Mathews: I loved your book, as you saw in my review last week. It is the best book ever written about the 21st century skills movement. But why were you so hard on Advanced Placement? There are many AP teachers who think the program is terrific for the typical schools where they work (you focused on some of the tiny upper crust schools that are a different issue) and who are trying to do everything you and I want them to do. Why not see AP (and IB, which is pretty near exactly what you want) as a great platform for change rather than the enemy?
Conrad Farner is like a guy with a beautiful home and an ugly checkbook.
It’s impossible to escape the irony as the superintendent of Greenfield schools conducts a tour of the community’s high school, where the finishing touches are being put on a $48.5 million overhaul that has turned a building that was literally sinking into the ground and, in serious ways, falling apart, into a showcase.
Handsome classrooms, a spacious gym, great theater, terrific swimming pool, a set of new athletic fields. It’s an impressive setting for the 1,200 students (22% of them not from Greenfield, by the way). Only a few parts of the old high school were kept while the new structure was built around it.
But the subject of our conversation is Farner’s strong warnings that the actual work of education in Greenfield schools is being cut, year by year, in ways that are taking a serious toll.
And, he argues, unless something changes quickly in the way Wisconsin funds schools, Greenfield – along with numerous districts across the state – will reach a point where it will simply not be able to pay its bills or will have to go back to voters seeking operating money beyond the state-set limits.
The district budget this year “is not even close to what our students need,” he said in a presentation to the Greenfield School Board before the budget was adopted. He has a list of 122 positions or services that have been eliminated or reduced since 2002-’03.
Some of them are pretty minor. Some of them are matters of doing business smarter and more efficiently. But some of them affect kids in ways that really matter – fewer teaching specialists, fewer counselors, fewer extra-curricular activities. The ratio of students to teachers has risen in Greenfield from 13.8 in 2004-’05 to 15.9 this year, a sizable jump.
At the December 16, 2009 general membership meeting, Madison Board of Education Member Beth Moss and County Board Supervisors John Hendrick, Al Matano, Kyle Richmond and Barbara Vedder were enthusiastically endorsed for re-election.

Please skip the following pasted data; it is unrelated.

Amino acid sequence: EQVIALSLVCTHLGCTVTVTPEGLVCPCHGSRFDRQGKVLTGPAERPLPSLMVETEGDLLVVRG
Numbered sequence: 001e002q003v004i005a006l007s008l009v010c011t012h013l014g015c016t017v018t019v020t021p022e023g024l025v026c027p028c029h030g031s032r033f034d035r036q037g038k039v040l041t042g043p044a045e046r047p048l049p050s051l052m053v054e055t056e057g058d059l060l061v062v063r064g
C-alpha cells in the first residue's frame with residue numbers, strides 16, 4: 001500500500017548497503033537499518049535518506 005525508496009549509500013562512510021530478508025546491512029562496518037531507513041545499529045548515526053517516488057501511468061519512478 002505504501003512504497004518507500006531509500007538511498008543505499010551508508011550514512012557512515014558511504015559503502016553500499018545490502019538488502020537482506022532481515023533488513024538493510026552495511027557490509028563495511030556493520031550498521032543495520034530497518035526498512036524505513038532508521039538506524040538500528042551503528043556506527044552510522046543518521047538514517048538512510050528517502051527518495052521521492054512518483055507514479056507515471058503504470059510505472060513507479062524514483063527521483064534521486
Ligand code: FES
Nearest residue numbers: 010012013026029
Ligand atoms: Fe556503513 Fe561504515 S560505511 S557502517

As college students finish up their first semester, it’s not just time to take a break, it’s also time to look at grades and study how well their college career is going. But it’s not just an individual assessment — it’s also an assessment of how well their K-12 schooling prepared them to compete in the world beyond high school.
According to Madison School Board member Ed Hughes, information from students is one of the most important ways to test how effective schools or school districts are serving their communities.
“Probably the best single source of information about how well we’re doing comes from students themselves, and how well-prepared they feel when they go out into the world,” says Hughes, a board member since 2008 as well as an attorney and a parent.
Earlier this year, Hughes — who has a daughter who is a senior at East High School and a son in college — did an informal survey of students who had graduated from the Madison Metropolitan School District and were now either in college, graduate school or the work force. The 143 respondents ranged from the graduating classes of 1999 through 2008; most had graduated from Madison schools within the last five years.
The Concord Review is a one-man outfit run from a cluttered office on Route 20 in Sudbury.
Back issues of the academic journal featuring research by high school history students sit in stacks, and editor Will Fitzhugh keeps his computer in the corner so he can leave even more room for books.
Fitzhugh, 73, has been running the quarterly publication for 22 years in an effort to keep old-fashioned term papers alive and well. He thinks scholarly research at the high school level has declined, and students are arriving at college unprepared.
“I think we’re doing the majority of public high school students a disservice,” said Fitzhugh. “They get to college and are assigned these nonfiction books and term papers, and they flame out. The equivalent is sending kids to college math classes with only fractions and decimals.”
Yet Fitzhugh, who started the journal while on sabbatical from his teaching job in Concord (hence the name), can’t find anybody to take over when he retires. He took no salary from the journal for 14 years, and even now averages only $10,000 a year.